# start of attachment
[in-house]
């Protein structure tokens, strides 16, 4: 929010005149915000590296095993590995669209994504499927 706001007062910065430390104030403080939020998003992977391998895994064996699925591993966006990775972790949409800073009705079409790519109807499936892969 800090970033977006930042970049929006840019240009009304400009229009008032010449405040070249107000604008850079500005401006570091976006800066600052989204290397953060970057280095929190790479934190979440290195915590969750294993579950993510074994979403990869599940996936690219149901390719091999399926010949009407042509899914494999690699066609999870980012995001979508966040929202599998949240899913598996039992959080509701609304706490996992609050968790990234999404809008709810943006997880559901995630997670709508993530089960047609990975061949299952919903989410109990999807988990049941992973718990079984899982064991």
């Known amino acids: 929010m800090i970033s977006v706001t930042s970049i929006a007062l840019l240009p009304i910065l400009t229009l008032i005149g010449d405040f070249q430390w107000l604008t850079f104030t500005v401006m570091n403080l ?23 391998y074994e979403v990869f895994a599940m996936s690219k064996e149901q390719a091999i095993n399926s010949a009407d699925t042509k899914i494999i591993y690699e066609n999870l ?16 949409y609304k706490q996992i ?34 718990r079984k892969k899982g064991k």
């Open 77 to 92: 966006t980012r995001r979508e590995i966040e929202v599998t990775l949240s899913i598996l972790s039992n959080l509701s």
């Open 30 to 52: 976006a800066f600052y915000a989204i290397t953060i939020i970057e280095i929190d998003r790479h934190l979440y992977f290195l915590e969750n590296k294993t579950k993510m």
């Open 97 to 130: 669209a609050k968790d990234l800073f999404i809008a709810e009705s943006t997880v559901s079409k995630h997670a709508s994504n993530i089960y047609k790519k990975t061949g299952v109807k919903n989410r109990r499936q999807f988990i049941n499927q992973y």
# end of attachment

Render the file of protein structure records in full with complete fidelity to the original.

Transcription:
[in-house]
């Protein structure tokens, strides 16, 4: 929010005149915000590296095993590995669209994504499927 706001007062910065430390104030403080939020998003992977391998895994064996699925591993966006990775972790949409800073009705079409790519109807499936892969 800090970033977006930042970049929006840019240009009304400009229009008032010449405040070249107000604008850079500005401006570091976006800066600052989204290397953060970057280095929190790479934190979440290195915590969750294993579950993510074994979403990869599940996936690219149901390719091999399926010949009407042509899914494999690699066609999870980012995001979508966040929202599998949240899913598996039992959080509701609304706490996992609050968790990234999404809008709810943006997880559901995630997670709508993530089960047609990975061949299952919903989410109990999807988990049941992973718990079984899982064991």
């Known amino acids: 929010m800090i970033s977006v706001t930042s970049i929006a007062l840019l240009p009304i910065l400009t229009l008032i005149g010449d405040f070249q430390w107000l604008t850079f104030t500005v401006m570091n403080l ?23 391998y074994e979403v990869f895994a599940m996936s690219k064996e149901q390719a091999i095993n399926s010949a009407d699925t042509k899914i494999i591993y690699e066609n999870l ?16 949409y609304k706490q996992i ?34 718990r079984k892969k899982g064991k």
């Open 77 to 92: 966006t980012r995001r979508e590995i966040e929202v599998t990775l949240s899913i598996l972790s039992n959080l509701s």
């Open 30 to 52: 976006a800066f600052y915000a989204i290397t953060i939020i970057e280095i929190d998003r790479h934190l979440y992977f290195l915590e969750n590296k294993t579950k993510m």
């Open 97 to 130: 669209a609050k968790d990234l800073f999404i809008a709810e009705s943006t997880v559901s079409k995630h997670a709508s994504n993530i089960y047609k790519k990975t061949g299952v109807k919903n989410r109990r499936q999807f988990i049941n499927q992973y």